Understanding The Difference Between MIG and TIG Welding – What’s Right For Your Boat?
If you’re not a welder yourself, the world of marine welding can be quite confusing. There are so many specialized terms that it’s hard to understand what, exactly, you’re paying for when you hire a marine welding company in Fort Lauderdale.
In this guide, K&G Marine will break down one of the most frequently-asked questions. What’s the difference between MIG and TIG welding, and which one is right for my boat? Let’s get started now.
TIG stands for Tungsten Inert Gas. This method of welding uses a non-consumable electrode, made of tungsten, to run a high-powered current through the metals being joined, and bond them permanently.
One of the main differences between TIG and MIG welding is that TIG welding does not always use a “filler metal” – a wire that is melted to help join two objects together.
MIG welding always uses some kind of filler, while most TIG welding projects do not. This means that TIG welding usually requires a hotter operating temperature to work correctly, as both pieces of metal must be welded at extremely hot temperatures.
TIG welding is usually a better choice for joining thinner, more delicate pieces of metal. Thin metal is much easier to weld without a filler, and TIG welding will provide a more seamless, beautiful result.
TIG welding also provides a stronger overall bond than MIG welding, because it physically bonds both pieces of metal to one another without the addition of a large volume of filler material.
Pros/Cons of TIG Welding:
- Precise finish
- No filler materials required
- Cleaner and better for the environment
- More expensive
- More time consuming and difficult
- Requires a completely clean welding surface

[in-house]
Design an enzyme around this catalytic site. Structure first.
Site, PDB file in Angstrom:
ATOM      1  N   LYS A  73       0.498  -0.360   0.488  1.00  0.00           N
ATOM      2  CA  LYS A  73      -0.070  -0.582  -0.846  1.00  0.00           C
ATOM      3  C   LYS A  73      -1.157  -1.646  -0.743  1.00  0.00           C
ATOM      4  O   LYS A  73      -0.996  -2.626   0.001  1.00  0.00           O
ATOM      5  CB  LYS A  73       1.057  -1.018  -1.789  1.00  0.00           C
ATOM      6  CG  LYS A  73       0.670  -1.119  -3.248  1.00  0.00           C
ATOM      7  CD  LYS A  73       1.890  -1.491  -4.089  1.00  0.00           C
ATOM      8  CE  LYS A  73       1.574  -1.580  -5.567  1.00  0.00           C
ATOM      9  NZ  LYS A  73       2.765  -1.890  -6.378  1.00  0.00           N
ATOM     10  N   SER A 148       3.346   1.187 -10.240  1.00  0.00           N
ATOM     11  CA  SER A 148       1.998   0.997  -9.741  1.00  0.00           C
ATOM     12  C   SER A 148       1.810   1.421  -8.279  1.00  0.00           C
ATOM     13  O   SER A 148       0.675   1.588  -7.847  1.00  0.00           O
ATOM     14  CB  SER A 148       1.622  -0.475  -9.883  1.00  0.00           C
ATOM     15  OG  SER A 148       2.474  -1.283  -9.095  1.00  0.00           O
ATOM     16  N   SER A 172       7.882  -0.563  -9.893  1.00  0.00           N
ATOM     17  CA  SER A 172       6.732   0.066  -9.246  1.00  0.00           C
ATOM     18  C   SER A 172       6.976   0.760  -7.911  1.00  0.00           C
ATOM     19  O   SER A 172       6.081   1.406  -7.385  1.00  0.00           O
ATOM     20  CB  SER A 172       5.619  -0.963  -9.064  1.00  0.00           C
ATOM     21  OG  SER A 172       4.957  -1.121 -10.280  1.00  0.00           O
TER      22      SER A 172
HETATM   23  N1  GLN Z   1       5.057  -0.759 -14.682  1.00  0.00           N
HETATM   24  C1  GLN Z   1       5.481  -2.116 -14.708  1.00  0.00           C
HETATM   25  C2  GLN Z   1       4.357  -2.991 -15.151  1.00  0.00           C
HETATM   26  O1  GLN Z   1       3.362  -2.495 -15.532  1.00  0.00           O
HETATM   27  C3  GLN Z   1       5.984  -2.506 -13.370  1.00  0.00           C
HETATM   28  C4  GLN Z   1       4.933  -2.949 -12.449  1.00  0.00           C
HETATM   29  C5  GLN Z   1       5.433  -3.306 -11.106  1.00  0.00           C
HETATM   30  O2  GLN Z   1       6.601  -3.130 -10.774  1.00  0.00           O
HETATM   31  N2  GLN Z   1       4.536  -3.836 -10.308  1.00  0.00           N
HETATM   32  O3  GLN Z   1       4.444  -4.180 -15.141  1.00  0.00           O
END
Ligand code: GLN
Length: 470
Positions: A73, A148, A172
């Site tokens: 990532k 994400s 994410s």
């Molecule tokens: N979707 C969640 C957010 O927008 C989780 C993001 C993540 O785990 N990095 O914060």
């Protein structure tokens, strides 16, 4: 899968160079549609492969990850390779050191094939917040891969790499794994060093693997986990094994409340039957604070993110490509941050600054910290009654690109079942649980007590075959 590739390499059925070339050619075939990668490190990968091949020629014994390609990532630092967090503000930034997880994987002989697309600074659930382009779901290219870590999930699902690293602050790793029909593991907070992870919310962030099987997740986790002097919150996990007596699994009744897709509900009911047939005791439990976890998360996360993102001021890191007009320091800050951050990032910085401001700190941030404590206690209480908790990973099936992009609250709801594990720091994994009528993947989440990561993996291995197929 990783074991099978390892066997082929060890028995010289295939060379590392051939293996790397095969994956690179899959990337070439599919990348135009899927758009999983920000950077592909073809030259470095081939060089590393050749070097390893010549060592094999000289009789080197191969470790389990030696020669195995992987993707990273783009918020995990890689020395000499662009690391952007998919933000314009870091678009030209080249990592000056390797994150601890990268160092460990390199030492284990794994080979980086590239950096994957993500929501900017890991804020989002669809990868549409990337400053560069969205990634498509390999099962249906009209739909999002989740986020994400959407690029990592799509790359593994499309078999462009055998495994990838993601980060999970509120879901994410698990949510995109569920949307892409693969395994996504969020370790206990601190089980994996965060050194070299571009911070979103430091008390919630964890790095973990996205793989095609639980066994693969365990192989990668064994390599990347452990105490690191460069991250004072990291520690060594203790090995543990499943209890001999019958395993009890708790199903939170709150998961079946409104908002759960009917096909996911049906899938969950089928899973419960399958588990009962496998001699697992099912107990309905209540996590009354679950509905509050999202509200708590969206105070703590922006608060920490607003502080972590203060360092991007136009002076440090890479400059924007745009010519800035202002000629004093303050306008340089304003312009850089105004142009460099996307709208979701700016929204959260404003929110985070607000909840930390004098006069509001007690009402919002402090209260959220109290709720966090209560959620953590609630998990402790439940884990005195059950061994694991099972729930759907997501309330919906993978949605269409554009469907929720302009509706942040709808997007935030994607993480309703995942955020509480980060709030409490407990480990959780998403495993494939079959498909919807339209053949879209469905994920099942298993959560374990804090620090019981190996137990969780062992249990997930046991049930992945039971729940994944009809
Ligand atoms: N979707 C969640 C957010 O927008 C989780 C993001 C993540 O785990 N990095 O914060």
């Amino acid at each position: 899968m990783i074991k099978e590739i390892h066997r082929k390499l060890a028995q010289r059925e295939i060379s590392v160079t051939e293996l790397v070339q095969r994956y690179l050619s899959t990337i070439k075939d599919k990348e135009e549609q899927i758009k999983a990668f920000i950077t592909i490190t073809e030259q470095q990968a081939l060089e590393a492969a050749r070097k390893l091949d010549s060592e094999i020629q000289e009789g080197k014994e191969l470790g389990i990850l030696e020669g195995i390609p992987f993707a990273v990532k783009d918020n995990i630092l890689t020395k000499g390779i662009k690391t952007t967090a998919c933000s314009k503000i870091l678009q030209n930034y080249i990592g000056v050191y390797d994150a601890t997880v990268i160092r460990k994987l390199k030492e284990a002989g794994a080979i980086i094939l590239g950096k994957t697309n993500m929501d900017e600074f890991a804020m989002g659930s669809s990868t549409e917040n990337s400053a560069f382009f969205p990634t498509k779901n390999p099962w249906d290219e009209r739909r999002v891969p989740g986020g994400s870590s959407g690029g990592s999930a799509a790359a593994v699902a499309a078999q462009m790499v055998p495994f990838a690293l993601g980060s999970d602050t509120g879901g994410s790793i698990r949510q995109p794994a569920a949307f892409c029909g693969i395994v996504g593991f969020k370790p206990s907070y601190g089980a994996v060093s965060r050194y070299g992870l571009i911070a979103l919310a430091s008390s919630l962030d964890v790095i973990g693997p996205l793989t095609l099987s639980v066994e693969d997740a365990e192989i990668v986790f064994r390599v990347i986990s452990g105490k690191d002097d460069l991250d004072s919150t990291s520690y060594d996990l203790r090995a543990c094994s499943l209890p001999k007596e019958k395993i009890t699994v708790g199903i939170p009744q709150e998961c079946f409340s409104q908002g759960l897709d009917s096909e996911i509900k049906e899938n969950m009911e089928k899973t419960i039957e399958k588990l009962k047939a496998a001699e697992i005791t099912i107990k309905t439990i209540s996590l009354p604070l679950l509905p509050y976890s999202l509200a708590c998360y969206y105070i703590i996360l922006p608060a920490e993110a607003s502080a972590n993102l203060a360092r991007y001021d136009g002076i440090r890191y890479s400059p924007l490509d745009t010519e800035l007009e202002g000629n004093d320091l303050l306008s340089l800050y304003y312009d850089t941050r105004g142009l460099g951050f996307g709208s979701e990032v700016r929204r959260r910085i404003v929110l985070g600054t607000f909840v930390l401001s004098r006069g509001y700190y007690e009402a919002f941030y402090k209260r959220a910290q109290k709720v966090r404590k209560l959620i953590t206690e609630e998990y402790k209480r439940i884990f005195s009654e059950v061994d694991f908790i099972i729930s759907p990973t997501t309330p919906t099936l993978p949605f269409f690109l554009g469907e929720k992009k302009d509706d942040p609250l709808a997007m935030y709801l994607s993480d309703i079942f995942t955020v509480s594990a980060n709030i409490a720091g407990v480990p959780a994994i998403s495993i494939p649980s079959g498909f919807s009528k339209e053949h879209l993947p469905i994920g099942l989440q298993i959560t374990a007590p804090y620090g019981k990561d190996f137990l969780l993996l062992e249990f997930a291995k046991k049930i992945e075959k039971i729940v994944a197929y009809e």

MIG stands for Metal Inert Gas. All MIG welders utilize a metal wire, which is used as a filler material to help bond metal objects. As the MIG welder operates, this wire is continuously melted, and bonds to each object that is being welded together.
This makes MIG welding a much better choice for thick pieces of steel. Thicker metals cannot be heated up quickly enough by TIG welding, so they require some kind of filler material in order to be joined properly.
For heavy-duty marine welding, MIG welding is usually recommended, due to its ability to join thick metals very quickly.
However, MIG welding is often not quite as seamless and attractive as TIG welding, making it a poor choice in areas where aesthetic perfection is desired.
Pros/Cons of MIG Welding:
- Shorter join time than TIG welding
- Less expensive and easier
- More accurate bond, in some cases
- Produces a clean, maintenance-free weld
- Not quite as strong as TIG welding
- Requires an expert welder to be effective
- Cannot usually be performed outdoors
- Produces heavy smoke, fumes, and sparks
Still Not Sure What’s Right For Your Boat? Let Us Help!
At K&G Marine, we offer the best marine welding in Fort Lauderdale. We can help you choose the method of welding that’s right for your boat. No project is too big – or too small – for our welders!
Contact us now to learn more about the different methods of marine welding. We would be happy to discuss your project, and which method of welding is right for you.